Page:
I am a test manager, and in the 3 years in the job I learned that when deciding whether to write a particular test or not, it is beneficial to look at the following:
- What is the occurrence of the scenario? The more frequent the scenario that more important is to have a test that covers it.
- What is the impact to the user if the scenario breaks? Things like crashes or data loss have high impact and should be tested. Things like misaligned buttons or sub-optimal translations, even if occur in frequent scenarios, have a low impact and usually should not be tested.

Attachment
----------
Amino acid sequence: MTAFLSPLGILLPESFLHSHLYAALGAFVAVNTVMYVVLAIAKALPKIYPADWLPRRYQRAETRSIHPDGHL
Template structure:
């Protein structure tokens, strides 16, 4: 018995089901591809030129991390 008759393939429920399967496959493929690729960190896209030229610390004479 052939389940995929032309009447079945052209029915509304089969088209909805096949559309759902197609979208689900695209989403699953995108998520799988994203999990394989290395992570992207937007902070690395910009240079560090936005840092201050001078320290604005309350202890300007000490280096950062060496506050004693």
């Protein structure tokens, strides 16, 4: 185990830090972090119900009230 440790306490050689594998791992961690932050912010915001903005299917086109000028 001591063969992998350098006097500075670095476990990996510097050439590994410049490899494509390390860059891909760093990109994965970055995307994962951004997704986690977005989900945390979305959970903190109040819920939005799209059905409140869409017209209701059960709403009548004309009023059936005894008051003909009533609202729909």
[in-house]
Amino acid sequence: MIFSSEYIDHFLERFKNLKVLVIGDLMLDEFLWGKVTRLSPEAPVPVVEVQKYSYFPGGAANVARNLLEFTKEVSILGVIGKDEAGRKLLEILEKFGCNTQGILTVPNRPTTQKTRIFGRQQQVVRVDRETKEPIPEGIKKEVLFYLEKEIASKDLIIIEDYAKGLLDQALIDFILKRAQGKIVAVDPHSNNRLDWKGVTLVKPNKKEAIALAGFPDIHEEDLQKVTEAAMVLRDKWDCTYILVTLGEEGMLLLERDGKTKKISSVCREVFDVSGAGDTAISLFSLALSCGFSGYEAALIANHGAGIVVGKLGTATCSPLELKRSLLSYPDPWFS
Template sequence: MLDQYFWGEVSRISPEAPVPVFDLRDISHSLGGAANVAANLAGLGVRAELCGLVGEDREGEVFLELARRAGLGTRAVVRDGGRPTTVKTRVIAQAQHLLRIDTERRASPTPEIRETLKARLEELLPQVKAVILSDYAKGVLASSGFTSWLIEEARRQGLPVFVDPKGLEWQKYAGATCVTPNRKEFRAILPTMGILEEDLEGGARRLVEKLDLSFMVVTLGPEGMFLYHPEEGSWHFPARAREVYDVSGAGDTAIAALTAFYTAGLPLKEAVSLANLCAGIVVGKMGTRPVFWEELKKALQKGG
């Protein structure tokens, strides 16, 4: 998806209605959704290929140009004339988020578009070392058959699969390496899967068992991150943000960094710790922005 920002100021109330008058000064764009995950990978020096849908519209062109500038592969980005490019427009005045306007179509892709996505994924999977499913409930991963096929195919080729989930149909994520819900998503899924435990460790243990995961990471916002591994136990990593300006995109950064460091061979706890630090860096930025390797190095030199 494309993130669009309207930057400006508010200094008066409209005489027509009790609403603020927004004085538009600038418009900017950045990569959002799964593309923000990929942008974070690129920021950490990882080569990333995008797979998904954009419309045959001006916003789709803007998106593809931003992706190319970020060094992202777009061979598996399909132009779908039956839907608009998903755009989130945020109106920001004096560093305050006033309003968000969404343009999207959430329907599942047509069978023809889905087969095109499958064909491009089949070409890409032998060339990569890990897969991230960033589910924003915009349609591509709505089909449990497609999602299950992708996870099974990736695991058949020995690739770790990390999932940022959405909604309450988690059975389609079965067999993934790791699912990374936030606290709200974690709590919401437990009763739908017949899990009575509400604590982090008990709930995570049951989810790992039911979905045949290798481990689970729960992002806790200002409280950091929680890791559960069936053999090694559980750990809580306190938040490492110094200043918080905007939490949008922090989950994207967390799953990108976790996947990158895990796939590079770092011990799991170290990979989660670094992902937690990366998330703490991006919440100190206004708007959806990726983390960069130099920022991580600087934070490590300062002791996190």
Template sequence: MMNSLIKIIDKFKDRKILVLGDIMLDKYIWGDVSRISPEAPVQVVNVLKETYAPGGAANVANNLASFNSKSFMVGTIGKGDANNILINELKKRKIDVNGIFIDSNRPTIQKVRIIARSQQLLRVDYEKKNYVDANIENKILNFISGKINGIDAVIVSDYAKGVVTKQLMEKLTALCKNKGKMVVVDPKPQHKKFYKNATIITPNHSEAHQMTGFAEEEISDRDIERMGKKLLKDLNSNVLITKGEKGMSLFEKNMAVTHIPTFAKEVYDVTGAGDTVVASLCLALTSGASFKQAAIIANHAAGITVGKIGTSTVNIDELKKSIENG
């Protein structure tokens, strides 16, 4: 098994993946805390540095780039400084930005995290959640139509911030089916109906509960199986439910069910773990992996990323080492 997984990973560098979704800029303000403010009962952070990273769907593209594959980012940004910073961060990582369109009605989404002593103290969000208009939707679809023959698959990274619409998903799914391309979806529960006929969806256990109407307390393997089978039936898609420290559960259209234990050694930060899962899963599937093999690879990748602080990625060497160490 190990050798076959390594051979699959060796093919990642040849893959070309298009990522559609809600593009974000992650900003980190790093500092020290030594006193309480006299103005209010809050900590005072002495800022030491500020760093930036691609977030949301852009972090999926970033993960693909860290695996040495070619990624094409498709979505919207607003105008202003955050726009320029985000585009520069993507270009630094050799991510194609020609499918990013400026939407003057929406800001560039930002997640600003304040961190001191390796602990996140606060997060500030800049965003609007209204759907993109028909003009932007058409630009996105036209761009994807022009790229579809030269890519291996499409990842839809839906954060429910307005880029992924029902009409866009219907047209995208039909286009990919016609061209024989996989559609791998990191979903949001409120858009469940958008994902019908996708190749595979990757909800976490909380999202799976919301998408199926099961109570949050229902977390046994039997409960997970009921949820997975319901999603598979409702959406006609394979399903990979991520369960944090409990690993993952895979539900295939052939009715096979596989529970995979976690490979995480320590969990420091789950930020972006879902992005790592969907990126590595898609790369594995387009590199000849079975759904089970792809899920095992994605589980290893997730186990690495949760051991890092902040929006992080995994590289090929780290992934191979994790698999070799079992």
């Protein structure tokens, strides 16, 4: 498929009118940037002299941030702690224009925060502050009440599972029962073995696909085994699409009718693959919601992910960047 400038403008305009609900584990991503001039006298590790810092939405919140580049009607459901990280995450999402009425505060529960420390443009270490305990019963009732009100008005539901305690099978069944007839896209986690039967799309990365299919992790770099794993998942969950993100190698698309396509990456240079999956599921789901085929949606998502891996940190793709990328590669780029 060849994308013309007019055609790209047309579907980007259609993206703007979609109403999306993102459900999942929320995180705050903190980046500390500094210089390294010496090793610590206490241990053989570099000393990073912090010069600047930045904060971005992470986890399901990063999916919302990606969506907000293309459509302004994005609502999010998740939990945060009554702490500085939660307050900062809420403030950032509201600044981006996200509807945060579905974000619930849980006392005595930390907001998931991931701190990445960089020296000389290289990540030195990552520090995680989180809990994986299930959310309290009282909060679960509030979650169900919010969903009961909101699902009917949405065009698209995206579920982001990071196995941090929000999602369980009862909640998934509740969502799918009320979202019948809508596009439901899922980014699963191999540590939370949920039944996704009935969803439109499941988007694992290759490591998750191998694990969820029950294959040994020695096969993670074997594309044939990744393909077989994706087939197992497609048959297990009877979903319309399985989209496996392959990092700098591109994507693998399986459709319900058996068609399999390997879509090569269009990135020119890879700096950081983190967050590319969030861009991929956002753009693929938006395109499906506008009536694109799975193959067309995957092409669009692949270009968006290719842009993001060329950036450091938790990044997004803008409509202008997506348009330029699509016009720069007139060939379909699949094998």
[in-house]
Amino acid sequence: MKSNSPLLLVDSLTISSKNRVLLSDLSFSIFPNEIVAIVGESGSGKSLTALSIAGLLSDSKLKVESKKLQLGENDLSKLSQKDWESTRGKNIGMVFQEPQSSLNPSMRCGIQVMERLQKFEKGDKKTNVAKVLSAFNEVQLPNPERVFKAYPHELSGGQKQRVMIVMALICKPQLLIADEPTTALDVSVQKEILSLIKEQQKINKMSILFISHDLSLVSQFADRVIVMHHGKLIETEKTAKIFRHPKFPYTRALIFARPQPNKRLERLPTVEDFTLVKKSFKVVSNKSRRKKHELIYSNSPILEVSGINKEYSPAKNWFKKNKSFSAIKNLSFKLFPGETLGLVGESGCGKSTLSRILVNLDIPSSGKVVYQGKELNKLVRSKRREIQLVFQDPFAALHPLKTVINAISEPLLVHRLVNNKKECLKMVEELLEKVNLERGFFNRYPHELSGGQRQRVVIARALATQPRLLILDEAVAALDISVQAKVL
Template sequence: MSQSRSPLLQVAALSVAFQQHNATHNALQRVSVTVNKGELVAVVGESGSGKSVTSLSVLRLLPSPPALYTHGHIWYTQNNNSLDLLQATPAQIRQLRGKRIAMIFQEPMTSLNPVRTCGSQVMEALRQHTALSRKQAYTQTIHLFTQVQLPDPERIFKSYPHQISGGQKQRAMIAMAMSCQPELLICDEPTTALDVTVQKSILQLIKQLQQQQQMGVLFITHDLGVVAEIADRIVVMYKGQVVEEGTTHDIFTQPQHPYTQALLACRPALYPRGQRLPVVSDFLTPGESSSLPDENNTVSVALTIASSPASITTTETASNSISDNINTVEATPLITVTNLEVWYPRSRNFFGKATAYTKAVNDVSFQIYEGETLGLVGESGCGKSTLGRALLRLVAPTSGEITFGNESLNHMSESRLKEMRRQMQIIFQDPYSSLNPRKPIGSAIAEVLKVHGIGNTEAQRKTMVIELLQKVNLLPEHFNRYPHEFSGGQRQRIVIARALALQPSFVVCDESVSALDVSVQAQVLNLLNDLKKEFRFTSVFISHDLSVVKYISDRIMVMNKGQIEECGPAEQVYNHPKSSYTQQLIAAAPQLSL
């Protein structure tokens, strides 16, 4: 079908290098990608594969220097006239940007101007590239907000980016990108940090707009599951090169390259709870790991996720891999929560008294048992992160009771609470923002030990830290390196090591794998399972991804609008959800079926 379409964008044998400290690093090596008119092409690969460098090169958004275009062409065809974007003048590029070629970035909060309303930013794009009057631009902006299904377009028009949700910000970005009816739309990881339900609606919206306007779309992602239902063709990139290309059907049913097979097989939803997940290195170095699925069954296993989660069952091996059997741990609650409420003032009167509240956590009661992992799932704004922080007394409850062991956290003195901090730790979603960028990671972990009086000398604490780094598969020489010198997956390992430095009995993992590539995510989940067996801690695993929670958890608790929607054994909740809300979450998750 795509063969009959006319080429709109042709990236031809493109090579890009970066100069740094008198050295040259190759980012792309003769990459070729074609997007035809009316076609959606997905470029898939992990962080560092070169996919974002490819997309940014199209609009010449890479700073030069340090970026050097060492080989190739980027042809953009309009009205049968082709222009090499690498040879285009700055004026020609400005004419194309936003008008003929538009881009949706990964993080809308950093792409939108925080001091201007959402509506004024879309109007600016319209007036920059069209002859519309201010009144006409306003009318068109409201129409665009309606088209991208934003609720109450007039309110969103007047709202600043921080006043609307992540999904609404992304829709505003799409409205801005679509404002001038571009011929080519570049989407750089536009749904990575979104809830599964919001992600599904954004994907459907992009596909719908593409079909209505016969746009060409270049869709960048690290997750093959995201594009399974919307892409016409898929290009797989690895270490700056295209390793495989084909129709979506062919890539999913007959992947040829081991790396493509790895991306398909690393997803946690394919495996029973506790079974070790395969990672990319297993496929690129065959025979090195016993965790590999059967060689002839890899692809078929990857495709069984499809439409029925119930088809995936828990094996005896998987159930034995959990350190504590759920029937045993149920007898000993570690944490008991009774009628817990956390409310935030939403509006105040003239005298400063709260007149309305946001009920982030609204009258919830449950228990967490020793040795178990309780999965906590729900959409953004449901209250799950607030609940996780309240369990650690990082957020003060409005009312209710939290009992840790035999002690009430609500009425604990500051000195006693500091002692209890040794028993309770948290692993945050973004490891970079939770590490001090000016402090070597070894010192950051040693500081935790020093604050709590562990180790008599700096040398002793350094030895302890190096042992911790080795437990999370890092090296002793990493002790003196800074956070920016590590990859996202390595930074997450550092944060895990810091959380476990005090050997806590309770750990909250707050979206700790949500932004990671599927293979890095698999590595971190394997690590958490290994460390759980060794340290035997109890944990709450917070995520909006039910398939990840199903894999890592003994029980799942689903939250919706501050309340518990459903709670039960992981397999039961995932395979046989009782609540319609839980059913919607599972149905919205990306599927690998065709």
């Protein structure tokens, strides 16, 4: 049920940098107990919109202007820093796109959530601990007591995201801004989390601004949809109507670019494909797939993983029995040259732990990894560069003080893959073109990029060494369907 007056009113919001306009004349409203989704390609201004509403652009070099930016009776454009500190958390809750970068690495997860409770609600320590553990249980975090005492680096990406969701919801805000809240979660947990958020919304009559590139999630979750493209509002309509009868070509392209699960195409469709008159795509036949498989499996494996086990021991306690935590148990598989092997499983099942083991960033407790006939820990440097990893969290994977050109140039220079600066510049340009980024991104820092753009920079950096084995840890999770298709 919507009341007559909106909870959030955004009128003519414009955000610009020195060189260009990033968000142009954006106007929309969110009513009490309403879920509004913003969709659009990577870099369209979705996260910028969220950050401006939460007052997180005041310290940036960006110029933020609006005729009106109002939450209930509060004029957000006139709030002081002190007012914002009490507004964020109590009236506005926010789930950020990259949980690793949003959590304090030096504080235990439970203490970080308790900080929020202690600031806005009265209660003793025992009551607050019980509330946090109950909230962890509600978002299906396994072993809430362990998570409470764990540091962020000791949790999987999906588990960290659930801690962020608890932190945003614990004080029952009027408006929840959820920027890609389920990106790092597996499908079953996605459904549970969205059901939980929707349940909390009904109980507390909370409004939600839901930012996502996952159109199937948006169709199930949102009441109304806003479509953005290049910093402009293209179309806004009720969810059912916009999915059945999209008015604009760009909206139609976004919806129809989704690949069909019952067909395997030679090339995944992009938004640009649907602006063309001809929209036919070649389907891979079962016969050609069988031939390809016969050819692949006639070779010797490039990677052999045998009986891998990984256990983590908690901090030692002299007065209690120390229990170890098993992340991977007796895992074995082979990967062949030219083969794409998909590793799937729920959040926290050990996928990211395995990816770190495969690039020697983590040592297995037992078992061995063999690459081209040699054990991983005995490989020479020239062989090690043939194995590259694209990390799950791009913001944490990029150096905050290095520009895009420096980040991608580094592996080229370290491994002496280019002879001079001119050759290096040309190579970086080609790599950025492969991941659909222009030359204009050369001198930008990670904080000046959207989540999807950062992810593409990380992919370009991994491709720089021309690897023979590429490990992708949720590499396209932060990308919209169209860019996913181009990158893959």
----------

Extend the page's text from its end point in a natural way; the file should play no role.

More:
- What is the probability that a bug will be found in this scenario? If the functionality was tested multiple times already and few changes were made since you probably don't need to write a test. If bugs are common in this functionality or if the underlying software infrastructure is problematic, then you probably should write a test.
So my current methodology is to write tests with the highest scenario frequency, impact and probability of finding a bug, and then moving downward in this 3D matrix until no time is left for testing.
Before I add this to the curriculum for new employees, would you care to comment on it? Maybe I missed something important, or maybe I am looking at this incorrectly.
Note: Here I am talking about manual tests that are only run in the final verification cycles.